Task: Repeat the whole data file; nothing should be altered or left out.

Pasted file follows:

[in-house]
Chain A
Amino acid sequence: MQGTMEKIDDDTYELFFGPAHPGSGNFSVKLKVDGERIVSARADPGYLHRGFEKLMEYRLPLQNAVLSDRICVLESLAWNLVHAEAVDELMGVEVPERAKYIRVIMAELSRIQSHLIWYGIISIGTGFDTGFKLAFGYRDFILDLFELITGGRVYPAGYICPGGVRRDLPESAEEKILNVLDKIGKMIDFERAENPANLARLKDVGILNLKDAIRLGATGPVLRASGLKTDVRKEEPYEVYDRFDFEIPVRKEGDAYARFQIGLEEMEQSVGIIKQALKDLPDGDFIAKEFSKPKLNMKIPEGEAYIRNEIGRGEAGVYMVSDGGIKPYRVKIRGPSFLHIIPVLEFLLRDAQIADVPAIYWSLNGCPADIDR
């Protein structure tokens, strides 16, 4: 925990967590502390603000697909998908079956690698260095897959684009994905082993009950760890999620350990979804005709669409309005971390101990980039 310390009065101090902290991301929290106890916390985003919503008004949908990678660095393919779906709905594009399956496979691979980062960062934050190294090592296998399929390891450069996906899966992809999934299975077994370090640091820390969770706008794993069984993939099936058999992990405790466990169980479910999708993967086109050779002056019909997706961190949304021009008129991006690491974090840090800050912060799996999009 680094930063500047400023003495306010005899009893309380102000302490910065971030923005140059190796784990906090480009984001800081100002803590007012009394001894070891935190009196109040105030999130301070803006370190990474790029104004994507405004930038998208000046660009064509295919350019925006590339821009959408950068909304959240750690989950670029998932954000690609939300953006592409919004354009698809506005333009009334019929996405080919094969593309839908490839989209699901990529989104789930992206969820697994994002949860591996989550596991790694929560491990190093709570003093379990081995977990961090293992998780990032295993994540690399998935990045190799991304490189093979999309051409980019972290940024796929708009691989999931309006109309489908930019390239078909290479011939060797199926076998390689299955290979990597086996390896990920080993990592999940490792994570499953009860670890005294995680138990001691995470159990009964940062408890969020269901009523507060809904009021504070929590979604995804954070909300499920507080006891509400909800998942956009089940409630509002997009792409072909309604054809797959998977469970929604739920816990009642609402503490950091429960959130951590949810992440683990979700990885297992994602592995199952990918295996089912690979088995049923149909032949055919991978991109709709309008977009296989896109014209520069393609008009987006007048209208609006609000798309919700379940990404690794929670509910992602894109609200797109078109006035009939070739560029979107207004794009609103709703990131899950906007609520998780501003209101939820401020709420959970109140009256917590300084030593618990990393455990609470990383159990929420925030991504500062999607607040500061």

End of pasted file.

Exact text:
[in-house]
Chain A
Amino acid sequence: MQGTMEKIDDDTYELFFGPAHPGSGNFSVKLKVDGERIVSARADPGYLHRGFEKLMEYRLPLQNAVLSDRICVLESLAWNLVHAEAVDELMGVEVPERAKYIRVIMAELSRIQSHLIWYGIISIGTGFDTGFKLAFGYRDFILDLFELITGGRVYPAGYICPGGVRRDLPESAEEKILNVLDKIGKMIDFERAENPANLARLKDVGILNLKDAIRLGATGPVLRASGLKTDVRKEEPYEVYDRFDFEIPVRKEGDAYARFQIGLEEMEQSVGIIKQALKDLPDGDFIAKEFSKPKLNMKIPEGEAYIRNEIGRGEAGVYMVSDGGIKPYRVKIRGPSFLHIIPVLEFLLRDAQIADVPAIYWSLNGCPADIDR
């Protein structure tokens, strides 16, 4: 925990967590502390603000697909998908079956690698260095897959684009994905082993009950760890999620350990979804005709669409309005971390101990980039 310390009065101090902290991301929290106890916390985003919503008004949908990678660095393919779906709905594009399956496979691979980062960062934050190294090592296998399929390891450069996906899966992809999934299975077994370090640091820390969770706008794993069984993939099936058999992990405790466990169980479910999708993967086109050779002056019909997706961190949304021009008129991006690491974090840090800050912060799996999009 680094930063500047400023003495306010005899009893309380102000302490910065971030923005140059190796784990906090480009984001800081100002803590007012009394001894070891935190009196109040105030999130301070803006370190990474790029104004994507405004930038998208000046660009064509295919350019925006590339821009959408950068909304959240750690989950670029998932954000690609939300953006592409919004354009698809506005333009009334019929996405080919094969593309839908490839989209699901990529989104789930992206969820697994994002949860591996989550596991790694929560491990190093709570003093379990081995977990961090293992998780990032295993994540690399998935990045190799991304490189093979999309051409980019972290940024796929708009691989999931309006109309489908930019390239078909290479011939060797199926076998390689299955290979990597086996390896990920080993990592999940490792994570499953009860670890005294995680138990001691995470159990009964940062408890969020269901009523507060809904009021504070929590979604995804954070909300499920507080006891509400909800998942956009089940409630509002997009792409072909309604054809797959998977469970929604739920816990009642609402503490950091429960959130951590949810992440683990979700990885297992994602592995199952990918295996089912690979088995049923149909032949055919991978991109709709309008977009296989896109014209520069393609008009987006007048209208609006609000798309919700379940990404690794929670509910992602894109609200797109078109006035009939070739560029979107207004794009609103709703990131899950906007609520998780501003209101939820401020709420959970109140009256917590300084030593618990990393455990609470990383159990929420925030991504500062999607607040500061």